August 4, 2010 at 04:11 AM ·

Alison,

I think I understand what you mean by "meow." From my own experience, I know that there are two culprits to my meow. First is excessive finger weight in the left hand (keeping my finger "down" -sort of pressed into the string- through the change of position was the cause of my meow), and the second is a desire to shift quickly to try and hide the meow (a jerk-y motion will actually make a meow more audible). The latter is actually quite easy to eliminate; I just move my arm more slowly through the shift. However, excessive finger weight (or something similar such as pressing the finger into the fingerboard) took me a longer time to correct. It might benefit you Alison to experiment to find out how lightly you can place your fingers on any string in any place and have the note sound. To my own delight, I found a way for my left hand to work efficiently and effortlessly.

I know a few people have mentioned a sort of "release" in the grip of your fingers between the notes of a shift, but I think that if you are truly using the minimum amount of fingertip pressure to have the note sound, you will be in this "released" state all of the time. There won't be a need to press-release-press, etc

 

Also, if you are looking for exercises to practice shifting, I'd highly recommend out of Kreutzer 42 studies number 11 for shifting with a legato bow stroke and number 12 for shifting with a detache bow stroke.

August 4, 2010 at 11:01 PM ·

Hm. Yes, I think the shifts are a little more "jerky" on a down shift than an up, but I'm sure I'm not knocking into the neck. I'm pretty good about relaxing my left hand grip, though I tend to tighten when I am playing something particularly hard. I hear the meow sound more when I am doing a shorter shift, say back and forth anywhere between maybe I through IV position, but if I shift from, say I to V or above the meow sound is less.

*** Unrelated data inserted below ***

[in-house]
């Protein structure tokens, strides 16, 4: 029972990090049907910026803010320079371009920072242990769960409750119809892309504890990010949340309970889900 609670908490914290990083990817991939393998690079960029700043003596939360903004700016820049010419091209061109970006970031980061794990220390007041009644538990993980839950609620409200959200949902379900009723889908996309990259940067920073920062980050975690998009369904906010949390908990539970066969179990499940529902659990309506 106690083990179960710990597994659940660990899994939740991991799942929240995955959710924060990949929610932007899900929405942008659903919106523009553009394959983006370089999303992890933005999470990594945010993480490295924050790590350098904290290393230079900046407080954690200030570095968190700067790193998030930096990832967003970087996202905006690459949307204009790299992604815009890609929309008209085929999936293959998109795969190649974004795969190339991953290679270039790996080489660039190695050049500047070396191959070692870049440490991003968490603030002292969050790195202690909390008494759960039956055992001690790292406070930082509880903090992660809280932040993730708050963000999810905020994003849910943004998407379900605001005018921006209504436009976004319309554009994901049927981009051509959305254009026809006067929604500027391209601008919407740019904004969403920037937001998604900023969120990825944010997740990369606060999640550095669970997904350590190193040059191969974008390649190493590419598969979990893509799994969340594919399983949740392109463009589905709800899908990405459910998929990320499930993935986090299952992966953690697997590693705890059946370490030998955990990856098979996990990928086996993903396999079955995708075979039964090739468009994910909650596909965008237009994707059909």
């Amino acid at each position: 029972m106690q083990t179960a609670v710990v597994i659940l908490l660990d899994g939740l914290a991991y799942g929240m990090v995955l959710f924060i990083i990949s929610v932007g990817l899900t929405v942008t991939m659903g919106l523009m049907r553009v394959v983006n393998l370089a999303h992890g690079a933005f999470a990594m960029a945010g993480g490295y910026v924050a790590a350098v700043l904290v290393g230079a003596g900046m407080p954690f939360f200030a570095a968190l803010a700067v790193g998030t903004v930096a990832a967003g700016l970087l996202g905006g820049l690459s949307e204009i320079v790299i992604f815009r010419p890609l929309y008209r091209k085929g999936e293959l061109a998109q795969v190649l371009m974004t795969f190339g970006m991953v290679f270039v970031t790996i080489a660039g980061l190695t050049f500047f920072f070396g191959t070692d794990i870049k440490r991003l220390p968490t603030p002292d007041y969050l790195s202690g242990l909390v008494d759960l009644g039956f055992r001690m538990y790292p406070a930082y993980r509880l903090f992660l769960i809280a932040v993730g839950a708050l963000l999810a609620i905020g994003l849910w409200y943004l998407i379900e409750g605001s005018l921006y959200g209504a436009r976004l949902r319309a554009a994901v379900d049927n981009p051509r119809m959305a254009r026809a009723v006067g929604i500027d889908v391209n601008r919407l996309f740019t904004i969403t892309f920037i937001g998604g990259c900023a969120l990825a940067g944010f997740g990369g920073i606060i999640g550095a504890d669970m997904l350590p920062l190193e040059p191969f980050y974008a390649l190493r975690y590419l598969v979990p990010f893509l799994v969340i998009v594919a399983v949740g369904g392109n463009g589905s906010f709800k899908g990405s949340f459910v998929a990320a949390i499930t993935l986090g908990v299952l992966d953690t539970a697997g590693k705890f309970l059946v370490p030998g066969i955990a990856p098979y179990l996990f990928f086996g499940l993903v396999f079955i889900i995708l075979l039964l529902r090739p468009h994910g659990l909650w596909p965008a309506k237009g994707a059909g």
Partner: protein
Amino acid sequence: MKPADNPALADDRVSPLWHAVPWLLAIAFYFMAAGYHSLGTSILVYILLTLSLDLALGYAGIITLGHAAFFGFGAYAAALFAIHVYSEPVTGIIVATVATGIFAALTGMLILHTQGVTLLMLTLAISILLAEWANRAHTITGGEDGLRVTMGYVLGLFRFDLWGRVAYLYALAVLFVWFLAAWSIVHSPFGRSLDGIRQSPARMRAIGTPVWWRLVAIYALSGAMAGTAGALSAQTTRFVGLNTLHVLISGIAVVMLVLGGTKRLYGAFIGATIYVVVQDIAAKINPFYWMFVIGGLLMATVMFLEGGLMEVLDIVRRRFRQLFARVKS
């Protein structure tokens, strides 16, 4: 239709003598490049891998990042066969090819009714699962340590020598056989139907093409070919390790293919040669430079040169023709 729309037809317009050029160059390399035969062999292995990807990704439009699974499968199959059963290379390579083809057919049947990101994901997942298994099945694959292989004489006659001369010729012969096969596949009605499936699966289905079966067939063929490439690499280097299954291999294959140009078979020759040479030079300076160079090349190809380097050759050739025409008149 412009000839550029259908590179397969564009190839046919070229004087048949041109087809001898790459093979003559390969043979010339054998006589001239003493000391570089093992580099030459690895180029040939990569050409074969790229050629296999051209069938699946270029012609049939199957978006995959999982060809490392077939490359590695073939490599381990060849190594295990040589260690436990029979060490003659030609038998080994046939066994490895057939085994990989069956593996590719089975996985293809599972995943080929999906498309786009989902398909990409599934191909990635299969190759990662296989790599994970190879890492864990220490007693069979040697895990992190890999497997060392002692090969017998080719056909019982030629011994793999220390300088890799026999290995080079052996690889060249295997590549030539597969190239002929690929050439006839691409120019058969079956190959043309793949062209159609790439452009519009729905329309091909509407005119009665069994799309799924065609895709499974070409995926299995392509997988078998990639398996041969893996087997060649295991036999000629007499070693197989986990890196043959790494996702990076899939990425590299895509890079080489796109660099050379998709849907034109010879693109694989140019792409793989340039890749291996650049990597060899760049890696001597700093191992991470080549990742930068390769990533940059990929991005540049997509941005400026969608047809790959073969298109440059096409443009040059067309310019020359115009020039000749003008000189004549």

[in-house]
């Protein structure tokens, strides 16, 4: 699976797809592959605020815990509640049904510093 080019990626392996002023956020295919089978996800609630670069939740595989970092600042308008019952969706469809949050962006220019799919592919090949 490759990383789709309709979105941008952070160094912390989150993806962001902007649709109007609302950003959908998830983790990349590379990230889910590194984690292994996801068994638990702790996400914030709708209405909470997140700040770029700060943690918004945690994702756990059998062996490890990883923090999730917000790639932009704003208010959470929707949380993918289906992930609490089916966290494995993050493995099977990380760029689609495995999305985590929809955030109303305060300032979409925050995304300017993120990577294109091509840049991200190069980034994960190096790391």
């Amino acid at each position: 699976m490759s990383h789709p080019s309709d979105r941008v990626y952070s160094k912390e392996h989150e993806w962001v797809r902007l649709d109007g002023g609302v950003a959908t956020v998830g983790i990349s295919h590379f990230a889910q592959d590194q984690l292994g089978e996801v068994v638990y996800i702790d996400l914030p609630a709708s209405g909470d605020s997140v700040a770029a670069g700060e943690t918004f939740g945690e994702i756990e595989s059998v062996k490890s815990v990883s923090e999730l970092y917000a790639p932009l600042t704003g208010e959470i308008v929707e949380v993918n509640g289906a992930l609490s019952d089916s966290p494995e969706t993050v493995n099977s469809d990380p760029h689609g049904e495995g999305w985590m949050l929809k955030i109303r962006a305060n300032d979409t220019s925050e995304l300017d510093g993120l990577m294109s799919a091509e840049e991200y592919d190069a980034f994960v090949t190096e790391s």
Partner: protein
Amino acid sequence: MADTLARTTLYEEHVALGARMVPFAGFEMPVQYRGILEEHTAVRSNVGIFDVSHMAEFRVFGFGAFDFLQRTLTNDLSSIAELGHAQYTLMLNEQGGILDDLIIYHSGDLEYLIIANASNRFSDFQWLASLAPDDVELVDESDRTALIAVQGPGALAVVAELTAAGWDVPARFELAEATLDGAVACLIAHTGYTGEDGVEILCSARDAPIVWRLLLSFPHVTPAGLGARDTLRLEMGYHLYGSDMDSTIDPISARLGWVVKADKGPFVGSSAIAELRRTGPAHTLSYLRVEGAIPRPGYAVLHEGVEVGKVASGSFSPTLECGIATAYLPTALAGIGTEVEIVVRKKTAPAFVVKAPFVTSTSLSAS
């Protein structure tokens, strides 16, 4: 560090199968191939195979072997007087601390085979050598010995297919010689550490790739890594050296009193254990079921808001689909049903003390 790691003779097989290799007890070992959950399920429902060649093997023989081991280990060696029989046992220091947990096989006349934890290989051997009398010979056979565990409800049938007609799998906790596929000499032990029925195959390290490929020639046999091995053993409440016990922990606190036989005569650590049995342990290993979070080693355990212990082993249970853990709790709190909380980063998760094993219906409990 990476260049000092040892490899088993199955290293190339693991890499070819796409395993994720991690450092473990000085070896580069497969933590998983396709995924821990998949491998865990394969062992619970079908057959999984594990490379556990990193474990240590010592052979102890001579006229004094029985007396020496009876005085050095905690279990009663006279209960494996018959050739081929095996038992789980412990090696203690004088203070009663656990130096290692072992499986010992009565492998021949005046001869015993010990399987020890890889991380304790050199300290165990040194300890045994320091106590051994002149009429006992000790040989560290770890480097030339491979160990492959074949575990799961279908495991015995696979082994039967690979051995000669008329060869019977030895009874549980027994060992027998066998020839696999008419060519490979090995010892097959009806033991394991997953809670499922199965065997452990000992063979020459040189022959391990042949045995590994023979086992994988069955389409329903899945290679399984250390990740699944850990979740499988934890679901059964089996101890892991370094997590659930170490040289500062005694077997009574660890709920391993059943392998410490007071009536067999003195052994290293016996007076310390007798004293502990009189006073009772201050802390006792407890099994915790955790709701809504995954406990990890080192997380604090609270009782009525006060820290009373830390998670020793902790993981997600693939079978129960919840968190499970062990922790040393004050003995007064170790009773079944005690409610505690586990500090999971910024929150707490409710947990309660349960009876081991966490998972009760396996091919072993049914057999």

This thread is making me seriously consider investing in a webcam... so hard to explain this with words :)

August 5, 2010 at 01:57 AM ·

Try supporting the violin scroll, this will give the sensation of freedom from the excessive tensions causing the 'jerkyness'. This sensation now becomes the point of focus when practising shifts in the normal violin support.

Lean the violin scroll against the wall with a cloth between to protect from damage. Or, while seated at the dinner table with the hydraulic chair set at the correct height,  rest the scroll on the opened violin case, the lid of the case becomes a very good music stand.

A 'smidgen' of vegetable oil on the very finger tip will enhance the gliding effect and may soften those hardened calluses, but the oil must be used very sparingly, remove any excess amounts and clean thoroughly after practise.

The strings and finger board must be cleaned and polished, even the neck, to remove any rosin dust that may have settled, or spread by the fingers from playing way up on those very high notes. And, also the hands must be cleaned and well dried before every practise session.

If that does'nt show any immediate improvement, then I would suggest to read Menuhin's book, lesson 5 , 'Left-hand Movements', your teacher may have a copy of this very informative book. 

August 5, 2010 at 10:56 AM ·

I'm afraid there are too many cooks on this subject and they may be spoiling the broths.

I really don't think that amateurs should be giving advice and demonstrations to other amateurs. I would repeat the advice a professional gave much earlier on i.e. any good professional teacher will sort this problem out for you. He was slated for it, but it was excellent advice. And if your teacher can't sort it in about 3 months then get another teacher.

Sorry, its a case of too many brothels are spoiling the cook ...

August 5, 2010 at 11:43 AM ·

 Peter did you miss spell cook?

August 5, 2010 at 11:52 AM ·

No Dion, I think I messed up on the brothels ...!!

August 5, 2010 at 01:52 PM ·

Peter : "I really don't think that amateurs should be giving advice and demonstrations to other amateurs. I would repeat the advice a professional gave much earlier on i.e. any good professional teacher will sort this problem out for you. He was slated for it, but it was excellent advice. And if your teacher can't sort it in about 3 months then get another teacher."